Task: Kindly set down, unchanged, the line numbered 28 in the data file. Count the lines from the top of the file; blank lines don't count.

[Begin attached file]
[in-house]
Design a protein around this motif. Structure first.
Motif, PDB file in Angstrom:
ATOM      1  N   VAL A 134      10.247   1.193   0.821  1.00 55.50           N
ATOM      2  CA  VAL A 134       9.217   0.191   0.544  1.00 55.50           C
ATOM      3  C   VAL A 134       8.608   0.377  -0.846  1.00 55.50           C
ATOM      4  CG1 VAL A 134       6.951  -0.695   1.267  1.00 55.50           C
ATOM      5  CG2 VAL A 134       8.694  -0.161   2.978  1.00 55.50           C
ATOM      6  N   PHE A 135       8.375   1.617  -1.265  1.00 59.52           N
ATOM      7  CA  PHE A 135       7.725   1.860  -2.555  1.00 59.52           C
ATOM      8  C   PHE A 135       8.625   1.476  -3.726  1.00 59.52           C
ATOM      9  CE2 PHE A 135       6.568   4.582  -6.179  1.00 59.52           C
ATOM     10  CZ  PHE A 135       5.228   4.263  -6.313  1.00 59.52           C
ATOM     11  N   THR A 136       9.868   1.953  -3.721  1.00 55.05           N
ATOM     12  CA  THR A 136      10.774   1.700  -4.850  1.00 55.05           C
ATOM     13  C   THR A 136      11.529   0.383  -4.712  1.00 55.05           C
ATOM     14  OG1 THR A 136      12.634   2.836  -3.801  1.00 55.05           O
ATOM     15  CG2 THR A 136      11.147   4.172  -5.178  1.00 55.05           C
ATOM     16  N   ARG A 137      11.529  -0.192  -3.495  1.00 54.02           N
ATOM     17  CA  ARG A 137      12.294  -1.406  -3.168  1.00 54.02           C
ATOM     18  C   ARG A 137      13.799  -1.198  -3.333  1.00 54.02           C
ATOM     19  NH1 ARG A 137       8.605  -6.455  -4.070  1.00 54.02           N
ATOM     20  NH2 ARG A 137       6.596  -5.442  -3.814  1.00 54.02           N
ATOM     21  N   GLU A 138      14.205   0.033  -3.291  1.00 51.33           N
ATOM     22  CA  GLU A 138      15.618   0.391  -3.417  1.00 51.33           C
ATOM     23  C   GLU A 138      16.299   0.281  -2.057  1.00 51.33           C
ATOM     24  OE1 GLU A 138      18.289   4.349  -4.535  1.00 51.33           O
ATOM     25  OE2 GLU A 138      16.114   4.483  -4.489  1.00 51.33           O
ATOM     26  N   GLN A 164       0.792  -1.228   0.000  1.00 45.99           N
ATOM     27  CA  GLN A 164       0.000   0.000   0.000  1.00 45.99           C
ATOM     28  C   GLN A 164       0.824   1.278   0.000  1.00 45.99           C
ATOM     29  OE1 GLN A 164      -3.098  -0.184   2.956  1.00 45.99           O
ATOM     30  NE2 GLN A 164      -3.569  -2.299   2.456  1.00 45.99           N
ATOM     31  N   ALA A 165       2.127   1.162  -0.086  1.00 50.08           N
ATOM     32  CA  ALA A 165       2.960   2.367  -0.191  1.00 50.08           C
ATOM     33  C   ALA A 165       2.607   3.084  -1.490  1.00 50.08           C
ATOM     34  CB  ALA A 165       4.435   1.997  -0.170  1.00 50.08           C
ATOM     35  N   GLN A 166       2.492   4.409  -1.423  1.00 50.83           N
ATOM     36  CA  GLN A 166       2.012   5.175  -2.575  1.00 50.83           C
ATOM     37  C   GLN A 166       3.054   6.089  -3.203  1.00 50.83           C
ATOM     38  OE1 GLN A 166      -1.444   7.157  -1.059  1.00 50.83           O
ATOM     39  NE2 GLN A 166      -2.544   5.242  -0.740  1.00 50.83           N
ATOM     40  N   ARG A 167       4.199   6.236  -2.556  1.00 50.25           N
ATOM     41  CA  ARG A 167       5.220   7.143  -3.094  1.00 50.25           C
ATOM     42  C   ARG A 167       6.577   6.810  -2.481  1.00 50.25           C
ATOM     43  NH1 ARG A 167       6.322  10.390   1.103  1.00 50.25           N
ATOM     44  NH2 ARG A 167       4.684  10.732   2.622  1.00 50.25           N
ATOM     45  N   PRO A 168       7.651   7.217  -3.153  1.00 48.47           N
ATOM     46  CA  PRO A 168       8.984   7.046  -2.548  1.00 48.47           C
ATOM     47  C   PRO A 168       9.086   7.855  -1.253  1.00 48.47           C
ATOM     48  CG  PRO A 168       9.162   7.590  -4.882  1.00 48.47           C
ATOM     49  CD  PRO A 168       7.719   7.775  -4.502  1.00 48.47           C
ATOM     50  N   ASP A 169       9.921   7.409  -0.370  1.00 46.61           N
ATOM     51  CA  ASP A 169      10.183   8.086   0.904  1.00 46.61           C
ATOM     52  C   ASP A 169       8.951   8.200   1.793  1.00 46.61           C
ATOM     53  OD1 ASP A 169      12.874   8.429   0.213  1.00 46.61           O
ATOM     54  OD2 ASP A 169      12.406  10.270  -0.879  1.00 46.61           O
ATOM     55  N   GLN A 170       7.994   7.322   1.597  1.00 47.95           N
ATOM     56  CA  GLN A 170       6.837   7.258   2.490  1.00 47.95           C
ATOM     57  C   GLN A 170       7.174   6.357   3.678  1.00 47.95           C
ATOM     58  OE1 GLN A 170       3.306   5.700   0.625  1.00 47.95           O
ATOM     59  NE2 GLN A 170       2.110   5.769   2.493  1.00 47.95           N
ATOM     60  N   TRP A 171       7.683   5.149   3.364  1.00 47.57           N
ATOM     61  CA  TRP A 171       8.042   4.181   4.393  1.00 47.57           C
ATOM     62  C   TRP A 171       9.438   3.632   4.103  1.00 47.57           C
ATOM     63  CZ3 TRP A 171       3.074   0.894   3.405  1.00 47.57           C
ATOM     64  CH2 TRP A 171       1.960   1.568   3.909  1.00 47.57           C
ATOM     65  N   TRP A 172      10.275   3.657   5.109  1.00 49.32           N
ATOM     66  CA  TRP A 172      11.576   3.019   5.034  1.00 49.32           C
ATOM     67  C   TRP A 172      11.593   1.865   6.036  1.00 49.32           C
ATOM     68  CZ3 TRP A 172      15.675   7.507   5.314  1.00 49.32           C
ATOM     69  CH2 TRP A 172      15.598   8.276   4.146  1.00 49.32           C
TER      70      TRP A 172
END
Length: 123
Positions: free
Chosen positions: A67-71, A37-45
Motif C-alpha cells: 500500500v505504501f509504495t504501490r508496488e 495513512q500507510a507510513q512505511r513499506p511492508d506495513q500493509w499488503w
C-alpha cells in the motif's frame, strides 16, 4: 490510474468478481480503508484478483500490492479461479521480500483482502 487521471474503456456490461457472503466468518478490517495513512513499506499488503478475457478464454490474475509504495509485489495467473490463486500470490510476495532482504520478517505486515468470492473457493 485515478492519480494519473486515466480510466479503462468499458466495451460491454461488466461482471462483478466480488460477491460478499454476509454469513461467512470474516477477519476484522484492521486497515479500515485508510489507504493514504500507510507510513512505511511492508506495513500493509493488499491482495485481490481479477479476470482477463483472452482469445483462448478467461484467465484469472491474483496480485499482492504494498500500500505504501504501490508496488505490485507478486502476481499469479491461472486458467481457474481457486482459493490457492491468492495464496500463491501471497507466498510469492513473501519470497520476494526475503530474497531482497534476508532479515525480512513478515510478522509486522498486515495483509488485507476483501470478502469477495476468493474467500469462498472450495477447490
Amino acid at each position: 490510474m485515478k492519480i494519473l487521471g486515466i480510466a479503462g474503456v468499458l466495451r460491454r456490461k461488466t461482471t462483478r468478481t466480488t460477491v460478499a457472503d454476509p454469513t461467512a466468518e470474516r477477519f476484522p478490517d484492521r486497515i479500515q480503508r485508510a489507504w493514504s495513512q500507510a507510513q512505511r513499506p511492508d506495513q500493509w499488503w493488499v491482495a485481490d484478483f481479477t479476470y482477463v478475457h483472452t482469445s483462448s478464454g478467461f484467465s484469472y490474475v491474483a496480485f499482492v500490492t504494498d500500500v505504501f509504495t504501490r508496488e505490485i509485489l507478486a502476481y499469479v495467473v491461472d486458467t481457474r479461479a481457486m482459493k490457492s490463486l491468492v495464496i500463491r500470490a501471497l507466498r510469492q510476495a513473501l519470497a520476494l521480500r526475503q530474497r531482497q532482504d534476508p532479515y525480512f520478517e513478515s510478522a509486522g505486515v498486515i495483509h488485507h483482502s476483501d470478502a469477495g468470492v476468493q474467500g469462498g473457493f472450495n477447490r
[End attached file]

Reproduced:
ATOM     25  OE2 GLU A 138      16.114   4.483  -4.489  1.00 51.33           O